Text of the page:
New Research Looks At The Impact Of COVID-19 On Female Veterans In The UK

Serving in the military is a noble pursuit, but for women, there is a significant negative aspect to it. With reports by the Ministry of Defence (MOD) in the UK revealing that servicewomen aged 20-44 are the most likely to have a mental health diagnosis, it’s important to ensure there are support systems to help. 

Unfortunately, a recent study into the military charity sector has shown that more needs to be done to provide proper support, particularly for service leavers. Specialist lawyers Bolt Burdon Kemp, alongside charity Veteran’s Lifeline carried out a survey asking military charities to assess their sector and the support they receive. Here are the results from the survey: 

Military charities believe the government needs to do more for veterans’ mental health

The consensus among military charities is that the government simply isn’t doing enough to help them provide the right level of support. 

Over two-thirds of military charities think neither the government nor the Armed Forces are doing enough to support veterans’ mental health. What’s more, 10% and 5% of charities respectively say these two bodies aren’t doing anything to help veterans with their mental wellbeing. 

Unfortunately, this affects servicewomen far more than servicemen. With servicewomen being more likely to be diagnosed with a mental health issue, any lack of support will see them left behind through no fault of their own.

Military charities feel unequipped to help with mental health trauma

While military charities do their best to serve as a source of support for veterans, treating mental health trauma is a specialist service. As such, 2 in 5 military charities say their employees aren’t formally trained in spotting or treating mental disorders and therefore feel ill-equipped to help with these types of cases.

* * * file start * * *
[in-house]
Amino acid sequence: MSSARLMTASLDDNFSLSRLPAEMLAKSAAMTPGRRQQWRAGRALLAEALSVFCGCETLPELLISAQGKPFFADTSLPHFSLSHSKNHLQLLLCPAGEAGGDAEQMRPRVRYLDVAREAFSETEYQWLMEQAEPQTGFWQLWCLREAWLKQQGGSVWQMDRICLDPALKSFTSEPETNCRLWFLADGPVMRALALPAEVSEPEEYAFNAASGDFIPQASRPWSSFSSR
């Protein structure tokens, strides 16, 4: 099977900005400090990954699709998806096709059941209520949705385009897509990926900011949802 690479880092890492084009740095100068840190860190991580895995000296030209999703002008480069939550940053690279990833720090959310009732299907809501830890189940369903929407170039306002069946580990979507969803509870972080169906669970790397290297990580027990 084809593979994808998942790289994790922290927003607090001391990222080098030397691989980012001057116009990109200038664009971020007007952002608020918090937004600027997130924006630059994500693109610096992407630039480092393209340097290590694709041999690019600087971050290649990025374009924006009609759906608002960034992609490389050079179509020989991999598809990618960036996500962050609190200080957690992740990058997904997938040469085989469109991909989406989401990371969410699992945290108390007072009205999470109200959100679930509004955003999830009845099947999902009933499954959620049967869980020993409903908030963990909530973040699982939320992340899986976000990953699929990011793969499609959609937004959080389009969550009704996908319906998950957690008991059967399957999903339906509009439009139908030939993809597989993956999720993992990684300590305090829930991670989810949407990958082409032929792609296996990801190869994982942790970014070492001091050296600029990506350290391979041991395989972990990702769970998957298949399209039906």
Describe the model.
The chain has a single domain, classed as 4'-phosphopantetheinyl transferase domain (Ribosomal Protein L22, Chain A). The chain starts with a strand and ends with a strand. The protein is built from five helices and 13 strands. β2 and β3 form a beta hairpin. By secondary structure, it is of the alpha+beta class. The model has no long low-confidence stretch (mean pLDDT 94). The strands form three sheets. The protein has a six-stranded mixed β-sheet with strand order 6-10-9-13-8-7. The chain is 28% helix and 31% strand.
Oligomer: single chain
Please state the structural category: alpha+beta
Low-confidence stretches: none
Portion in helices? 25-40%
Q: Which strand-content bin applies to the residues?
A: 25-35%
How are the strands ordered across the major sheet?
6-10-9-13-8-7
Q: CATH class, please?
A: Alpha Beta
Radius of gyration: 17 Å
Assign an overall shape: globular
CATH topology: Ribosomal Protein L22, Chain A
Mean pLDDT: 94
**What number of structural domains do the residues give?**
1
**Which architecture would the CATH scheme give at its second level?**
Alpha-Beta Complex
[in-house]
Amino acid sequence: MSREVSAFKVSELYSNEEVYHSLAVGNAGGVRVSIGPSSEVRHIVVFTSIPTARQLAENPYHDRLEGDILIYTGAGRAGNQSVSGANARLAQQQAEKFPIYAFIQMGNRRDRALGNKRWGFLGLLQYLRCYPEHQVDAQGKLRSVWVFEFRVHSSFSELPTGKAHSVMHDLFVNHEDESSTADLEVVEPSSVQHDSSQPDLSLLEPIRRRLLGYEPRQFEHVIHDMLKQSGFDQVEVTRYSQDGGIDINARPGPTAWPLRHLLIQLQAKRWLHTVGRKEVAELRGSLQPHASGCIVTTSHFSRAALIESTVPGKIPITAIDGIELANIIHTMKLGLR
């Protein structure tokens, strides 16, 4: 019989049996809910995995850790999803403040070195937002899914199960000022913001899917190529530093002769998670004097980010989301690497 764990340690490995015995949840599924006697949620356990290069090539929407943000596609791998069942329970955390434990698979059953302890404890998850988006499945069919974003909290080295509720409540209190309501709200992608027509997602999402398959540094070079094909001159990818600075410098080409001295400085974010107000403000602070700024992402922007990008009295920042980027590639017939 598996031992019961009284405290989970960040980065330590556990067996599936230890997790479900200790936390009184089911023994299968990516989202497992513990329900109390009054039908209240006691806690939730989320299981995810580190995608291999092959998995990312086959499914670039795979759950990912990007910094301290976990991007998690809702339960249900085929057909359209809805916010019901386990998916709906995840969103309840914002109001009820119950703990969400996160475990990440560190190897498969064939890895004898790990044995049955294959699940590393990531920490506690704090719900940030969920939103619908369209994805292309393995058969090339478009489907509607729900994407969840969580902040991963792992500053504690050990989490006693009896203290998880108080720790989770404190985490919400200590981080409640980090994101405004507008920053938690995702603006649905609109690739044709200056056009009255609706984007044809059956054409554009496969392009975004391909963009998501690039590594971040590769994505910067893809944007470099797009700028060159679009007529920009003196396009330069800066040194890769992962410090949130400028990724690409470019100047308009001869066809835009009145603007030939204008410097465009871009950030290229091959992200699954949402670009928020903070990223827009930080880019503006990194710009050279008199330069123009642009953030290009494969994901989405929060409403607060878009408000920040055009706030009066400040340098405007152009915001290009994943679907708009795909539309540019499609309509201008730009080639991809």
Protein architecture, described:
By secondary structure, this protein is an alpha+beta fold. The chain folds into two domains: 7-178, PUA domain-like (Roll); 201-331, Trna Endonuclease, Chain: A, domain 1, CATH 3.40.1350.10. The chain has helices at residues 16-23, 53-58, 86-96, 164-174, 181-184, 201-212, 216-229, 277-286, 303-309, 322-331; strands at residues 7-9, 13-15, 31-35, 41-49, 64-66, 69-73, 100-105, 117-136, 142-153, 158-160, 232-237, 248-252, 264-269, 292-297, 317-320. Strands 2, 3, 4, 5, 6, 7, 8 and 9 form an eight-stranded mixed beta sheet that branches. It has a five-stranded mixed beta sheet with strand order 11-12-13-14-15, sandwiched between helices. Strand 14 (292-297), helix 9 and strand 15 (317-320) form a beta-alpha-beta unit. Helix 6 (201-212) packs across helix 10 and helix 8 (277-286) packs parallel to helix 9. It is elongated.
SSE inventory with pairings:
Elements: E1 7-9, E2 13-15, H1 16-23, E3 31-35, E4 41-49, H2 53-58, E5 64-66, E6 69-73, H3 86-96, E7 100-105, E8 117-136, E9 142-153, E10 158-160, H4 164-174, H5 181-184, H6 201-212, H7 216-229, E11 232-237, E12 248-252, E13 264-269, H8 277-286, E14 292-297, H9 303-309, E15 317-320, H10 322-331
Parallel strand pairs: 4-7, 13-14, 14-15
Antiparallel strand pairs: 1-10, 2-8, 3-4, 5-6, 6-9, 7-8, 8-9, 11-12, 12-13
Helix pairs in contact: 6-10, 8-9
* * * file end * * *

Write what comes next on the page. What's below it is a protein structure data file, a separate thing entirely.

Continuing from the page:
Working with people that have complex mental health issues can also take its toll on the person providing the support. However, only 3 in 5 military charities reported being able to provide formal mental health support or training to staff that deal with traumatic cases. Overall, many military charities noted that they don’t feel their sector have the resources to provide the right level of support for veterans with mental health issues. 

Veterans during COVID-19

While all outlined above continues to be an issue, the pandemic has brought its own problems. Service personnel have been invaluable in providing aid as coronavirus spreads across the country, but recent studies have revealed that many of them are struggling at this time. In particular, there’s been a 50% increase in both male and female veterans struggling with mental health, with isolated veterans feeling the strain day after day. In fact, a research project has been launched to find out what the impact of COVID-19 has been on the Armed Forces.

The perfect storm?

Everything considered, social isolation, financial turmoil and pressure on mental health during this pandemic could culminate in the perfect storm for female personnel. Without veterans having a reliable place to turn for support, we could potentially be looking at a major mental health crisis within the military. Female servicewomen and veterans need to be heard, and their unique experiences and issues need to be addressed, to support them with the same zeal and passion with which they serve their country.